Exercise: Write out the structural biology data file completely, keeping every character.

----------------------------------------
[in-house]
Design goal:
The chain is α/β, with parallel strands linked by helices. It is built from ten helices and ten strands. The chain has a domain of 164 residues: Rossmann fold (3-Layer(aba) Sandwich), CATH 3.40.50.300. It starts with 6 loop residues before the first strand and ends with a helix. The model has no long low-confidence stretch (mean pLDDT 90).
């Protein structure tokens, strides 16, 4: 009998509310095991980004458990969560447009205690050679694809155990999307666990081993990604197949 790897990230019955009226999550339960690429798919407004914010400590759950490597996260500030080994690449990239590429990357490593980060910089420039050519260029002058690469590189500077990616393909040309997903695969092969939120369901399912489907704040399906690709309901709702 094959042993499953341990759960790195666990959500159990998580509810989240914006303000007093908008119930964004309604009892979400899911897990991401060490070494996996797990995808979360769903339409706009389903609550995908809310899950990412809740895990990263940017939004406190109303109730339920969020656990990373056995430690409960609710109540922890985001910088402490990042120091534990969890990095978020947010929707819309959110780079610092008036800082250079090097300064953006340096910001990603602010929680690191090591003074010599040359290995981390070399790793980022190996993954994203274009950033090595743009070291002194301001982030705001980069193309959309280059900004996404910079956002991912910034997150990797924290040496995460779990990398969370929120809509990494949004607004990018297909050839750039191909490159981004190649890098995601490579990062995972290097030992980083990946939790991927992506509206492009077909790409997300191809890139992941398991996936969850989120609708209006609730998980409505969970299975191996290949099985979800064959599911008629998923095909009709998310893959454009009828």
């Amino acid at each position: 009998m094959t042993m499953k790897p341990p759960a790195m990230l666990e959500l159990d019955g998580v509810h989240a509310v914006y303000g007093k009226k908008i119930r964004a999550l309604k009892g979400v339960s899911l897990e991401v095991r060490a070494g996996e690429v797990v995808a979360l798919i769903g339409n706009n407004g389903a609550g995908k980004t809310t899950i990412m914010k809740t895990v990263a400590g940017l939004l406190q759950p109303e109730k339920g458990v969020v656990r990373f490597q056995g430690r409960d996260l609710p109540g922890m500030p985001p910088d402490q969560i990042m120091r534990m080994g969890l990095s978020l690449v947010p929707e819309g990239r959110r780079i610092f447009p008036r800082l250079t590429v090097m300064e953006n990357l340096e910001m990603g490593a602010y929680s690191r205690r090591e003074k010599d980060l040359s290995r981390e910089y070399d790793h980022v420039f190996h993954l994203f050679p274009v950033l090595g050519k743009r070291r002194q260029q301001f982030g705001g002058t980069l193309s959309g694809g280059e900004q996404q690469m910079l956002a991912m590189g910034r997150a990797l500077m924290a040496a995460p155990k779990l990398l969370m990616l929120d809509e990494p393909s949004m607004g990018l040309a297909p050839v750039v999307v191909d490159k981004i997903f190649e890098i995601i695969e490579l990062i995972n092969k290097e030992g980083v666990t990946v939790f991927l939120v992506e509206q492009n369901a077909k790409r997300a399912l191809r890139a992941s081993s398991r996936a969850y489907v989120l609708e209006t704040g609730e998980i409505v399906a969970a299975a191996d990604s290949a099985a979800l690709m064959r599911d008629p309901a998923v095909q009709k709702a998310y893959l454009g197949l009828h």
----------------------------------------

[in-house]
Design goal:
The chain is α/β, with parallel strands linked by helices. It is built from ten helices and ten strands. The chain has a domain of 164 residues: Rossmann fold (3-Layer(aba) Sandwich), CATH 3.40.50.300. It starts with 6 loop residues before the first strand and ends with a helix. The model has no long low-confidence stretch (mean pLDDT 90).
């Protein structure tokens, strides 16, 4: 009998509310095991980004458990969560447009205690050679694809155990999307666990081993990604197949 790897990230019955009226999550339960690429798919407004914010400590759950490597996260500030080994690449990239590429990357490593980060910089420039050519260029002058690469590189500077990616393909040309997903695969092969939120369901399912489907704040399906690709309901709702 094959042993499953341990759960790195666990959500159990998580509810989240914006303000007093908008119930964004309604009892979400899911897990991401060490070494996996797990995808979360769903339409706009389903609550995908809310899950990412809740895990990263940017939004406190109303109730339920969020656990990373056995430690409960609710109540922890985001910088402490990042120091534990969890990095978020947010929707819309959110780079610092008036800082250079090097300064953006340096910001990603602010929680690191090591003074010599040359290995981390070399790793980022190996993954994203274009950033090595743009070291002194301001982030705001980069193309959309280059900004996404910079956002991912910034997150990797924290040496995460779990990398969370929120809509990494949004607004990018297909050839750039191909490159981004190649890098995601490579990062995972290097030992980083990946939790991927992506509206492009077909790409997300191809890139992941398991996936969850989120609708209006609730998980409505969970299975191996290949099985979800064959599911008629998923095909009709998310893959454009009828």
């Amino acid at each position: 009998m094959t042993m499953k790897p341990p759960a790195m990230l666990e959500l159990d019955g998580v509810h989240a509310v914006y303000g007093k009226k908008i119930r964004a999550l309604k009892g979400v339960s899911l897990e991401v095991r060490a070494g996996e690429v797990v995808a979360l798919i769903g339409n706009n407004g389903a609550g995908k980004t809310t899950i990412m914010k809740t895990v990263a400590g940017l939004l406190q759950p109303e109730k339920g458990v969020v656990r990373f490597q056995g430690r409960d996260l609710p109540g922890m500030p985001p910088d402490q969560i990042m120091r534990m080994g969890l990095s978020l690449v947010p929707e819309g990239r959110r780079i610092f447009p008036r800082l250079t590429v090097m300064e953006n990357l340096e910001m990603g490593a602010y929680s690191r205690r090591e003074k010599d980060l040359s290995r981390e910089y070399d790793h980022v420039f190996h993954l994203f050679p274009v950033l090595g050519k743009r070291r002194q260029q301001f982030g705001g002058t980069l193309s959309g694809g280059e900004q996404q690469m910079l956002a991912m590189g910034r997150a990797l500077m924290a040496a995460p155990k779990l990398l969370m990616l929120d809509e990494p393909s949004m607004g990018l040309a297909p050839v750039v999307v191909d490159k981004i997903f190649e890098i995601i695969e490579l990062i995972n092969k290097e030992g980083v666990t990946v939790f991927l939120v992506e509206q492009n369901a077909k790409r997300a399912l191809r890139a992941s081993s398991r996936a969850y489907v989120l609708e209006t704040g609730e998980i409505v399906a969970a299975a191996d990604s290949a099985a979800l690709m064959r599911d008629p309901a998923v095909q009709k709702a998310y893959l454009g197949l009828h």